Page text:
According to the latest research published in the journal Materials Today Physics, nitrogen-doped fluorescent carbon dots could be used to effectively detect baicalin, which plays a major role in enhancing liver health following damage, lowering liver problems, and managing initial liver cancer.
Liver Diseases and Baicalin
Liver disease remains a significant cause of illness and death globally. Each year, around 2 million people die from liver problems and carcinoma, responsible for nearly 3.5 percent of all fatalities worldwide.
Scutellariae Baicalensis (Baikal skullcap) produces a flavonoid chemical called baicalin, isolated from the rhizome. Baicalin has been shown to have antimicrobial, anti-inflammatory, and anti-periodontal properties.
This chemical has an important role in enhancing liver function following damage, lowering liver illness, and treating primary liver cancer due to its outstanding antioxidant qualities, blocking enzymes, and controlling resistance.
Baicalin Analysis and Detection Processes
Thin-layer chromatography, electrochemistry, high-performance liquid chromatography, liquid-phase chromatography, and other technologies have been used to analyze and identify baicalin in the past. Although these approaches provide good detection results, they have drawbacks such as costly instruments, time-consuming, intricate pre-treatment, and unreliable sensor signals which limit their applicability.
Owing to its simple design, high efficiency, great responsiveness, excellent durability, and quick reaction, fluorescence has emerged as the most interesting candidate for these methods. Unfortunately, there is a scarcity of information on baicalin detection using the fluorescence approach.
Carbon Dots possess strong bioactivity, distinctive absorption spectra, low price, eco-friendliness, plentiful chemical bonding, excellent durability, and electron affinity. Because of this, they have piqued researchers' curiosity for years and paved new paths for the development of carbon-based nanomaterials.
PT-CDs (Carbon dots) were produced and tested for baicalin identification in the current study. A straightforward, non-polluting solitary solid-state pyrolysis technique was devised to manufacture nitrogen-doped carbon dots (PT-NCDs) with emission wavelength for baicalin detection using discarded grape skins as the organic carbon source and urea as the source of nitrogen.
Preparation of PT-Nitrogen Doped Carbon Dots (PT-NCDS)
Grape skins were washed ultrasonically twice with deionized water and alcohol, dehydrated, and crushed into powders. A 50 mL crucible was filled with 2.0 g of grape peel powders and 4.0 g of urea, which was then heated at 200 °C for 8 hours. Finally, the purified PT-NCDs were obtained after freeze-drying under vacuum at -50 ℃ for 48 h.
A transmission electron microscope was used to examine the particulate structure and distribution of PT-NCDs (TEM).
The PT-NCDs displayed outstanding crystallographic properties with a crystal spacing of 0.32 nm, which corresponded to the (002) graphite crystalline lattice, indicating that they were graphitized to some extent.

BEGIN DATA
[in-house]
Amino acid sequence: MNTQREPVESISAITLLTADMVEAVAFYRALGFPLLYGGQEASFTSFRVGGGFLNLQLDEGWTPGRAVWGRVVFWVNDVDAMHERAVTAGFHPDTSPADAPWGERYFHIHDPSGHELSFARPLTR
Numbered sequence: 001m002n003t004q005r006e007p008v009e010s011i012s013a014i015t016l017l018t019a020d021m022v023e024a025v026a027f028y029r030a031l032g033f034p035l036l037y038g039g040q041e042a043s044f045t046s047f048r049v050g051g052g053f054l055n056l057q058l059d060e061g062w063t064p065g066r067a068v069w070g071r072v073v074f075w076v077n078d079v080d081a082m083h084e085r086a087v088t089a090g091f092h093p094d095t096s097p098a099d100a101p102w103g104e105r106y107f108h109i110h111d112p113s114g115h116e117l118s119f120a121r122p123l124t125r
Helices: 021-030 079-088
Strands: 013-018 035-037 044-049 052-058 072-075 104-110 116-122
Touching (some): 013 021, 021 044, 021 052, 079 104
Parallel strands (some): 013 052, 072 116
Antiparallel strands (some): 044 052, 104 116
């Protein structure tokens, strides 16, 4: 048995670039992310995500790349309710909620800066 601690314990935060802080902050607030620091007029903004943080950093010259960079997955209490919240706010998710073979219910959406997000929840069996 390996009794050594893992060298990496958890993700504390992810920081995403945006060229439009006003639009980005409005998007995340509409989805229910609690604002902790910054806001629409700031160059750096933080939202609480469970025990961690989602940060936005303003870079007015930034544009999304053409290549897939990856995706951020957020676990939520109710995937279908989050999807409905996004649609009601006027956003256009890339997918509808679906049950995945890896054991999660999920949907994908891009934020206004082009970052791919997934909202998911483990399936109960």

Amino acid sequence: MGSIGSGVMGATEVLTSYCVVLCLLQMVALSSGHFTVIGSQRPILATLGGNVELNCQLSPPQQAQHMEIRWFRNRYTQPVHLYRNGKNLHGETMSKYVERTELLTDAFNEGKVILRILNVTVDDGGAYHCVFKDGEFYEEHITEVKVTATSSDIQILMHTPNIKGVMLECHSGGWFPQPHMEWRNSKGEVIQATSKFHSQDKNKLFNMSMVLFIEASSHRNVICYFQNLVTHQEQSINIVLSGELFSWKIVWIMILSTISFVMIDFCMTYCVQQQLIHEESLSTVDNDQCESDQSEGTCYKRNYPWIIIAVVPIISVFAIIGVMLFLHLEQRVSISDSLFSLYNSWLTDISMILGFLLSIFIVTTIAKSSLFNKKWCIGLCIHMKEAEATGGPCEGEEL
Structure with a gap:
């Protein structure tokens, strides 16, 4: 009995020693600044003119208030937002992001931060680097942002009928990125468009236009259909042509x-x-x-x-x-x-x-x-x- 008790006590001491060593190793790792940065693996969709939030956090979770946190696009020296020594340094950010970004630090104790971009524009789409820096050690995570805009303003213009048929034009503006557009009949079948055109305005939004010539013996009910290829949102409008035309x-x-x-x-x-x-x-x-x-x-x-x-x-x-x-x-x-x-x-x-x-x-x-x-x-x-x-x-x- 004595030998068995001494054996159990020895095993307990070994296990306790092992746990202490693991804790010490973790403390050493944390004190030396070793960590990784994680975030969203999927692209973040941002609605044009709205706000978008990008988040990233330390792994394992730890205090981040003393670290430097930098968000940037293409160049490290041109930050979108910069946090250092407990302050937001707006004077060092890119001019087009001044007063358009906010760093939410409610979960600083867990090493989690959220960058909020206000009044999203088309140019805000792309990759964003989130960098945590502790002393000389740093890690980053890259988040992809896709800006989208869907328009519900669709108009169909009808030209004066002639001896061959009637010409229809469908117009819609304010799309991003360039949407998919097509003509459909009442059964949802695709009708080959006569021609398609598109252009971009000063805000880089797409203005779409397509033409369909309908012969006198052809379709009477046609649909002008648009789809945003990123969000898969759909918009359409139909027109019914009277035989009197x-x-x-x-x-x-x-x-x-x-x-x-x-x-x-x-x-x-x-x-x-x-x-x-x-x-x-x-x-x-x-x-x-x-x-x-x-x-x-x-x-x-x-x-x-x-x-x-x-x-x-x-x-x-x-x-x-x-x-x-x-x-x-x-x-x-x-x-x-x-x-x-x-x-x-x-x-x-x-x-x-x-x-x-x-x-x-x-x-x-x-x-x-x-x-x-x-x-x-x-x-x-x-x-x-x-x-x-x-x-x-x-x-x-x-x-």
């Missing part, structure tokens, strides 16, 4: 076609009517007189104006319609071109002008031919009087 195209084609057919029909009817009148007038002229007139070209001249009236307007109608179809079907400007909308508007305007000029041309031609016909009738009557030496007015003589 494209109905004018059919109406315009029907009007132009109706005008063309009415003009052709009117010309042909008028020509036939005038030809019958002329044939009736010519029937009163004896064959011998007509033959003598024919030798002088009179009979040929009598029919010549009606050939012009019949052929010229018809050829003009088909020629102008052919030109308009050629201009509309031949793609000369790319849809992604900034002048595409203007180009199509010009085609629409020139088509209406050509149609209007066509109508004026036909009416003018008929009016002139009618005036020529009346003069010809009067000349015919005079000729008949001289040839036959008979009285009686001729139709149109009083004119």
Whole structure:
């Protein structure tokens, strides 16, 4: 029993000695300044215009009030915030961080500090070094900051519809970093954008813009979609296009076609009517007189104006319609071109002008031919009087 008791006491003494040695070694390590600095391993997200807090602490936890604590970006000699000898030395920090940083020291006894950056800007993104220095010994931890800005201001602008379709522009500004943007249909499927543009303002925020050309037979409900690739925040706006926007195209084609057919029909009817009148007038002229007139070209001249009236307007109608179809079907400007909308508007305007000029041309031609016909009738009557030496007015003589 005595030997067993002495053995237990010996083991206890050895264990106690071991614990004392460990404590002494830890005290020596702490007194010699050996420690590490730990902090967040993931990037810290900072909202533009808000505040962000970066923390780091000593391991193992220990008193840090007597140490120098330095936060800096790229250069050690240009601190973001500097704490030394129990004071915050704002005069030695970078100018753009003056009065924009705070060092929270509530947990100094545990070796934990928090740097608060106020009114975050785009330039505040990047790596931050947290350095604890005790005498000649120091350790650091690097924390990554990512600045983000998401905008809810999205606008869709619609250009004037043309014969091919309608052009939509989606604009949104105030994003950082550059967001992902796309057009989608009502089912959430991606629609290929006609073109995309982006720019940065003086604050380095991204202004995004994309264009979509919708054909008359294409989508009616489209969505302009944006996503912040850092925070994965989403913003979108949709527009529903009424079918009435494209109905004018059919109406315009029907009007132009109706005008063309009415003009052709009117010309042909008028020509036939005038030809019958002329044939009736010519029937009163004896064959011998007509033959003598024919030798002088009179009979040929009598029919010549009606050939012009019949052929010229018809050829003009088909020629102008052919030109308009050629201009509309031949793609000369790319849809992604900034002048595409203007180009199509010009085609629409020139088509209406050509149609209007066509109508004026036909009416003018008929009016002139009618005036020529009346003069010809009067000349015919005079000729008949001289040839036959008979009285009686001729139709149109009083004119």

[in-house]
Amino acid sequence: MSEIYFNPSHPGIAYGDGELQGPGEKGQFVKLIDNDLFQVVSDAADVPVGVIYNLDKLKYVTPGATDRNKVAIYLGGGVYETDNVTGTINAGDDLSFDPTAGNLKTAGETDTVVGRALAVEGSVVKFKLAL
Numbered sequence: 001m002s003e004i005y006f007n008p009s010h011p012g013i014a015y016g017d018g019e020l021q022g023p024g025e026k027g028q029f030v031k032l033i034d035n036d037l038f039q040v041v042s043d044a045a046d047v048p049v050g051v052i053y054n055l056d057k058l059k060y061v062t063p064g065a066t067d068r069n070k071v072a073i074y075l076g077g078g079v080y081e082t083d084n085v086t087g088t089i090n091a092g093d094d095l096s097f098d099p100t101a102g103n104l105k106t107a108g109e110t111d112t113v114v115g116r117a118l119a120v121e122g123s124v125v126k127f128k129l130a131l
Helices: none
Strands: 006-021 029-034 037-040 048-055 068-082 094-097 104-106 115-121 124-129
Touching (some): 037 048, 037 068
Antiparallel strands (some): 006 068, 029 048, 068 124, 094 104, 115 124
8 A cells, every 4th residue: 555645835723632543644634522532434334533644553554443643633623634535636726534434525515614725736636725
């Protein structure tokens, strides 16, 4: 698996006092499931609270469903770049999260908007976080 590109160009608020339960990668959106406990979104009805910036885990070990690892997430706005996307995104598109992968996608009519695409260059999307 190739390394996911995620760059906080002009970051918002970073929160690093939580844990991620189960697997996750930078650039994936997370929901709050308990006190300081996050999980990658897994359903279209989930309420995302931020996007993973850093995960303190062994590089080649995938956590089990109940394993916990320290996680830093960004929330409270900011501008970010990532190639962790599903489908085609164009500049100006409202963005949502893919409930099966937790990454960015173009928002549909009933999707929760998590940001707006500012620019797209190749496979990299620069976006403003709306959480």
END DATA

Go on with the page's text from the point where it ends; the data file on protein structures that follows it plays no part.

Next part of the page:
The fluorescent stability of PT-NCDs is critical for biochemical sensor applications. The emission intensity did not change considerably when the NaCl concentration was increased to 1.5 M, indicating that the as-prepared PT-NCDs had high salt tolerance.
The effective application of PT-NCDs in biomedical imaging or monitoring requires a stable environment. In conclusion, the PT-NCDs fluorescent sensor, as-fabricated, offers great potential application in the examination of complicated materials.
The effects of other intervening compounds on the fluorescence emission effect were found to be minimal. Simultaneously, the influence of contemporaneous compounds was investigated further by raising the quantities of inhibitory compounds with a margin of error of less than 5%. Because the maximum tolerable quantities of conflicting chemicals were all high, PT-NCDs may be employed as a fluorescence sensing framework to distinguish baicalin precisely.
The fluorescence intensity at 520 nm steadily reduced when baicalin concentration (0-70 M) was increased, indicating that PT-NCDs are susceptible to baicalin dosage.
The research has shown that the fluorescent approach for determining baicalin relying on nitrogen-doped PT-NCDs is efficient and practical, and it may be used to identify baicalin in authentic biological materials.
In conclusion, PT-CDs were shown to have excellent durability and specificity for baicalin detection. Sustainable fluorescence carbon dots (PT-NCDs) with subatomic produce of 15.3 percent were designed and synthesized through a simplified, eco-friendly, solitary solid-phase thermal methodology based on biowaste grape peels as the carbon source and urea as the nitrogen dopant from the context of sustainability safeguard, and ecological sustainability.
Continue reading: Green Production of High Performance Nanocomposites from Grapefruit Peel.
Tang, X. et al., (2021) Exploration of Nitrogen-doped Grape Peels Carbon Dots For Baicalin Detection. Materials Today Physics. 100576. Available at: https://www.sciencedirect.com/science/article/pii/S2542529321002376?via%3Dihub